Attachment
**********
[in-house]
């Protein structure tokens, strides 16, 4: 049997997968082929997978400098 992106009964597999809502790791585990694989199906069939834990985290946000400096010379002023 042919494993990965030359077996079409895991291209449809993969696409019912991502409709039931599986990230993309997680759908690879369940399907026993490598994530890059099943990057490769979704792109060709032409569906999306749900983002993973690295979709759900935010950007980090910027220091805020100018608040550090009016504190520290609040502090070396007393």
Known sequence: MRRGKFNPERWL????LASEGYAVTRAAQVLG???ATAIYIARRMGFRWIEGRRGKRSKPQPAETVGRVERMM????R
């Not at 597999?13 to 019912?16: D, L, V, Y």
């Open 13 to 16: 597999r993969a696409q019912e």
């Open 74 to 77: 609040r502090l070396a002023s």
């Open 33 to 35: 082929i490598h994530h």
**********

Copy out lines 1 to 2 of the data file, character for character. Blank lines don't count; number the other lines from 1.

[in-house]
């Protein structure tokens, strides 16, 4: 049997997968082929997978400098 992106009964597999809502790791585990694989199906069939834990985290946000400096010379002023 042919494993990965030359077996079409895991291209449809993969696409019912991502409709039931599986990230993309997680759908690879369940399907026993490598994530890059099943990057490769979704792109060709032409569906999306749900983002993973690295979709759900935010950007980090910027220091805020100018608040550090009016504190520290609040502090070396007393």